Feb 10 2016

Gig Harbor home prices catch up to “boom” years

Gig Harbor home prices catch up to “boom” years. Gig Harbor resale home prices have climbed back to 2006’s boom year $420,000…and just 6.6% off that year’s summer bubble.

So that is the resale market for Gig Harbor home prices. New construction is another matter. Off 35% from its 2007 high, the forces at work may not allow local prices to catch up for several reasons.  National and regional builders, rather than local small builders of 10 years ago, are building smaller on smaller lots (thank you Growth Management), with less detailing for the main part. Many of current lots, other than Harbor Hill, were picked up at rock bottom prices from banks who acquired them in the recession. Lot prices will increase as new inventory comes online…but the pipeline is slim and then in-fill lots will be the future. I believe Gig Harbor North will be built-out by 2017, considerably ahead of original plans.


Jan blog color graph 2








Highlights for Gig Harbor home prices

  • It’s a seller’s market up to $750,000, with just a 3.8 month supply, even in the $500-750,000 category. Last year that range was working through a 13.4 month supply
  • It is averaging just 3 months market time in the $500-750,000 range, less below $500,000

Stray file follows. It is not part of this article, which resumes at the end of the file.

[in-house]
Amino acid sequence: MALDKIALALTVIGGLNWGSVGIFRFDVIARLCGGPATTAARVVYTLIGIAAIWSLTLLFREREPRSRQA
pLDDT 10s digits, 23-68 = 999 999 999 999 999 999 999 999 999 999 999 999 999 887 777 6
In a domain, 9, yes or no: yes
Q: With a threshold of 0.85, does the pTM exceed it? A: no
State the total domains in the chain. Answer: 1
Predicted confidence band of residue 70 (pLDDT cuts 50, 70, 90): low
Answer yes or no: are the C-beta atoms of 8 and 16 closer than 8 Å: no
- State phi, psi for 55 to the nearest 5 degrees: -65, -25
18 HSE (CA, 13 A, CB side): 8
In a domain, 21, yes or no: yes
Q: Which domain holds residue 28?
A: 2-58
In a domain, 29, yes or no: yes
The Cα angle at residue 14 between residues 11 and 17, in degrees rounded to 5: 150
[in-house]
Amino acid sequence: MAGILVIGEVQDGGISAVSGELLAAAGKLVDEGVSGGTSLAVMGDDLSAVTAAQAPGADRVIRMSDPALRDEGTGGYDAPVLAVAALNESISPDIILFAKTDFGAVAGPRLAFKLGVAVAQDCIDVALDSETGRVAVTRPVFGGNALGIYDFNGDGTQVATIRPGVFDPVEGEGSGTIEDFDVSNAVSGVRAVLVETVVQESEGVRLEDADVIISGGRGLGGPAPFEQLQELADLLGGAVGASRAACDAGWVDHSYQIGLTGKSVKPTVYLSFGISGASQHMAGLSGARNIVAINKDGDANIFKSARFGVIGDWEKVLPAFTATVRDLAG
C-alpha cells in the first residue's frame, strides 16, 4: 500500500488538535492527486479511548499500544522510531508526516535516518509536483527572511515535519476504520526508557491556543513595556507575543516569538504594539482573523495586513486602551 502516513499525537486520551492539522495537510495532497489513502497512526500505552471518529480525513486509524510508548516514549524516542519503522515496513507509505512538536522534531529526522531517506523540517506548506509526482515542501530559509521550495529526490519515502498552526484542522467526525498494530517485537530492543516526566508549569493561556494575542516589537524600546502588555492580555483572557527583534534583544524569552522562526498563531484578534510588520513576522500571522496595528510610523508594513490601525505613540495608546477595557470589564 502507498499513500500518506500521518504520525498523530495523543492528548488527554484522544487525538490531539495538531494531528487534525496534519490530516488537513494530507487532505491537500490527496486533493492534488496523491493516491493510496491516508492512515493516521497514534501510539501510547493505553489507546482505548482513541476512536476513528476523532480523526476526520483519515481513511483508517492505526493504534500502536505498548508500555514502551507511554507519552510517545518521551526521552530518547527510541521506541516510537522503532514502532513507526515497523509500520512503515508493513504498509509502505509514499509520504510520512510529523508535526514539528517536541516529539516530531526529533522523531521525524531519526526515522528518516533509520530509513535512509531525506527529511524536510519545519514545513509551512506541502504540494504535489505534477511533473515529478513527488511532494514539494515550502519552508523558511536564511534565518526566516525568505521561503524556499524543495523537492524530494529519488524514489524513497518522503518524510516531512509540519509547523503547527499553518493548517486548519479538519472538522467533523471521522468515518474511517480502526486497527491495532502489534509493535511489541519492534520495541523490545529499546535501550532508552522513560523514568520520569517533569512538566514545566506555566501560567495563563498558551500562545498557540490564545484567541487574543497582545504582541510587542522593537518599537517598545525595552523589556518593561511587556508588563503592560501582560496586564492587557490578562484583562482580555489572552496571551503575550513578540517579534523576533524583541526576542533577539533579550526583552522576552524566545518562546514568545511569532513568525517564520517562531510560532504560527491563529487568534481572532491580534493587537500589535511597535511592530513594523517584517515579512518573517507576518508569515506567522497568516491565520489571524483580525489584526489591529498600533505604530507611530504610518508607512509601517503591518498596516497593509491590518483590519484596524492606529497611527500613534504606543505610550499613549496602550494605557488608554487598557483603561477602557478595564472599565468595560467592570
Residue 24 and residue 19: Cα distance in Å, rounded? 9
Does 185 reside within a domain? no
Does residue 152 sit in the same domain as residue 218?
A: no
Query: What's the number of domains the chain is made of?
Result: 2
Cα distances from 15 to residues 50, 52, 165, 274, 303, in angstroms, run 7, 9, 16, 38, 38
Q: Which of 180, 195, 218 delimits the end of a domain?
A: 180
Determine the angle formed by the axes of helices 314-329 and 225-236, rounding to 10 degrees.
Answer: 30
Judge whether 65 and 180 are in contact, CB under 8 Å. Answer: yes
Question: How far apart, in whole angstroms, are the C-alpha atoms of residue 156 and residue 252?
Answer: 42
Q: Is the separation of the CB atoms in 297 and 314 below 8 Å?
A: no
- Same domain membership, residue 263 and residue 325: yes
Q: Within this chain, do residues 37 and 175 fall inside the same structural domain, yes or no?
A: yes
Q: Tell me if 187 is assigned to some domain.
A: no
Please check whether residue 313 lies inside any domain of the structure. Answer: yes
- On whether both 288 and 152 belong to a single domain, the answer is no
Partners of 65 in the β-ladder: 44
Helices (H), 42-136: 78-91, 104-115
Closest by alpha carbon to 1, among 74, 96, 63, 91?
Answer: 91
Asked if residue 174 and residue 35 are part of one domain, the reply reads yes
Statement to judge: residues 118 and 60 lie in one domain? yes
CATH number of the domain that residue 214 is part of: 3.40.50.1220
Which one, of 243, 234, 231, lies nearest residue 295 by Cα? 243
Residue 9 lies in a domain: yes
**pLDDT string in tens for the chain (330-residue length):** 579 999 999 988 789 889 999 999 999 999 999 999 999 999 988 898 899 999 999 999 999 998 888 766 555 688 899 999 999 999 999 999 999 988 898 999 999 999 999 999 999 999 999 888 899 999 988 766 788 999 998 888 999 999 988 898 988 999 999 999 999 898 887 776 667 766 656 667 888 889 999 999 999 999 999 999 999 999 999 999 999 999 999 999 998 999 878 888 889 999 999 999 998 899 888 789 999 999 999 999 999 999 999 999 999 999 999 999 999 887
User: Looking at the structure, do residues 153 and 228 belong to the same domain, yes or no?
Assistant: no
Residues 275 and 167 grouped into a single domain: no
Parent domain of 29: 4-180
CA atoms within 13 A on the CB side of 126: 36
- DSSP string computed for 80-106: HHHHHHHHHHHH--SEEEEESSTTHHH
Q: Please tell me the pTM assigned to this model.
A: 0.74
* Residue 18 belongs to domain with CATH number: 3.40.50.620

• 39% of the 228 listings, and 1 of 4 sales last month were new homes
  • Inventory is down 30% and contracts written are running about 20% higher than a year ago
  • Highlights for Key Peninsula home sales
  • Resale home prices are running $244,000 for last 3 quarters—same as 2007-2008 “best years”
  • Distressed sales still hover at 15%, but down from 35% 2 years ago
  • New construction has not returned in any measurable way

Here are my observations…and predictions for Gig Harbor home prices

Interest rates finally started their climb which will bring buyers to the buying table sooner than later, even though these are historically some of the lowest. I expect rates to remain under 5% for the year.

Lending requirements are beginning to loosen a bit which will particularly help first-time buyers.

Wages are still a drag on the economy. That will either slow the creep for Gig Harbor home prices or continue to magnify the difference of who can buy and who can’t.

Inventory will remain low for two reasons. Sellers are waiting to cash in more of their equity with higher Gig Harbor home prices. But more likely those same sellers can’t find a home to move into. There is a very large “supply” of sellers with “pent-up” selling desires.

Waterfront home sales are “behind” 150 or more that should have sold historically during the period of the recession. The 120+ sales in each of the last three years hasn’t caught up to the recession years with only 4-5 dozen home sales.

Year of the new house, with most buyers settling for less privacy, yard and trees. But new.


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